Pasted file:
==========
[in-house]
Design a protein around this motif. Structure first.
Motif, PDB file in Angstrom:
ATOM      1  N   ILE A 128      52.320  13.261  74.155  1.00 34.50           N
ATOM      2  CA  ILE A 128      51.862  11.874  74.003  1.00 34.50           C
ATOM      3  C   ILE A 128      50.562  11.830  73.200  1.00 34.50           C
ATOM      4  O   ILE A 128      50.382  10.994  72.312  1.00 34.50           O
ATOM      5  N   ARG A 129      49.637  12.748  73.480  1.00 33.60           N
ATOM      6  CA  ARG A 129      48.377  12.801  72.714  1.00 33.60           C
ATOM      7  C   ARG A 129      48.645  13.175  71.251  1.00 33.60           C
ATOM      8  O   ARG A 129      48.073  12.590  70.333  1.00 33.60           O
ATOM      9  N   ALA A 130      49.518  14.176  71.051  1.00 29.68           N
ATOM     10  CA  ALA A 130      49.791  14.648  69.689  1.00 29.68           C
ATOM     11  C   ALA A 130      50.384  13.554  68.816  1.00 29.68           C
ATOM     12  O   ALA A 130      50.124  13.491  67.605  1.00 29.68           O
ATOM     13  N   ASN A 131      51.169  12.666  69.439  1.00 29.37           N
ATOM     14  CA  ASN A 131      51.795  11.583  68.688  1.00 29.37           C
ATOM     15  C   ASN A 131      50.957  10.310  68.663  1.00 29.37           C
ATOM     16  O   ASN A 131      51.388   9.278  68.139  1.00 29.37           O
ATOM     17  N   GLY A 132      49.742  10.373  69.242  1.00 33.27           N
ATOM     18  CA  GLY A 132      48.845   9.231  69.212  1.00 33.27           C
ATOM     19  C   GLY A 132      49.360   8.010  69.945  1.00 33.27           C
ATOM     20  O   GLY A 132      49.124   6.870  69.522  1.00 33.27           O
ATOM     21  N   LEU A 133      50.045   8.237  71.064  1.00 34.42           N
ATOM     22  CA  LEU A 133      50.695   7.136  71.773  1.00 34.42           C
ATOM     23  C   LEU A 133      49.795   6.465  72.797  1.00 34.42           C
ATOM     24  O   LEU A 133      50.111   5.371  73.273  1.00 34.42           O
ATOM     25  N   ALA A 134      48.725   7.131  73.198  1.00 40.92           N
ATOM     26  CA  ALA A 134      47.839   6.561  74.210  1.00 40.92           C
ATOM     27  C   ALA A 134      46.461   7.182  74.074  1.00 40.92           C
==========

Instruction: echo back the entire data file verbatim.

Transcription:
[in-house]
Design a protein around this motif. Structure first.
Motif, PDB file in Angstrom:
ATOM      1  N   ILE A 128      52.320  13.261  74.155  1.00 34.50           N
ATOM      2  CA  ILE A 128      51.862  11.874  74.003  1.00 34.50           C
ATOM      3  C   ILE A 128      50.562  11.830  73.200  1.00 34.50           C
ATOM      4  O   ILE A 128      50.382  10.994  72.312  1.00 34.50           O
ATOM      5  N   ARG A 129      49.637  12.748  73.480  1.00 33.60           N
ATOM      6  CA  ARG A 129      48.377  12.801  72.714  1.00 33.60           C
ATOM      7  C   ARG A 129      48.645  13.175  71.251  1.00 33.60           C
ATOM      8  O   ARG A 129      48.073  12.590  70.333  1.00 33.60           O
ATOM      9  N   ALA A 130      49.518  14.176  71.051  1.00 29.68           N
ATOM     10  CA  ALA A 130      49.791  14.648  69.689  1.00 29.68           C
ATOM     11  C   ALA A 130      50.384  13.554  68.816  1.00 29.68           C
ATOM     12  O   ALA A 130      50.124  13.491  67.605  1.00 29.68           O
ATOM     13  N   ASN A 131      51.169  12.666  69.439  1.00 29.37           N
ATOM     14  CA  ASN A 131      51.795  11.583  68.688  1.00 29.37           C
ATOM     15  C   ASN A 131      50.957  10.310  68.663  1.00 29.37           C
ATOM     16  O   ASN A 131      51.388   9.278  68.139  1.00 29.37           O
ATOM     17  N   GLY A 132      49.742  10.373  69.242  1.00 33.27           N
ATOM     18  CA  GLY A 132      48.845   9.231  69.212  1.00 33.27           C
ATOM     19  C   GLY A 132      49.360   8.010  69.945  1.00 33.27           C
ATOM     20  O   GLY A 132      49.124   6.870  69.522  1.00 33.27           O
ATOM     21  N   LEU A 133      50.045   8.237  71.064  1.00 34.42           N
ATOM     22  CA  LEU A 133      50.695   7.136  71.773  1.00 34.42           C
ATOM     23  C   LEU A 133      49.795   6.465  72.797  1.00 34.42           C
ATOM     24  O   LEU A 133      50.111   5.371  73.273  1.00 34.42           O
ATOM     25  N   ALA A 134      48.725   7.131  73.198  1.00 40.92           N
ATOM     26  CA  ALA A 134      47.839   6.561  74.210  1.00 40.92           C
ATOM     27  C   ALA A 134      46.461   7.182  74.074  1.00 40.92           C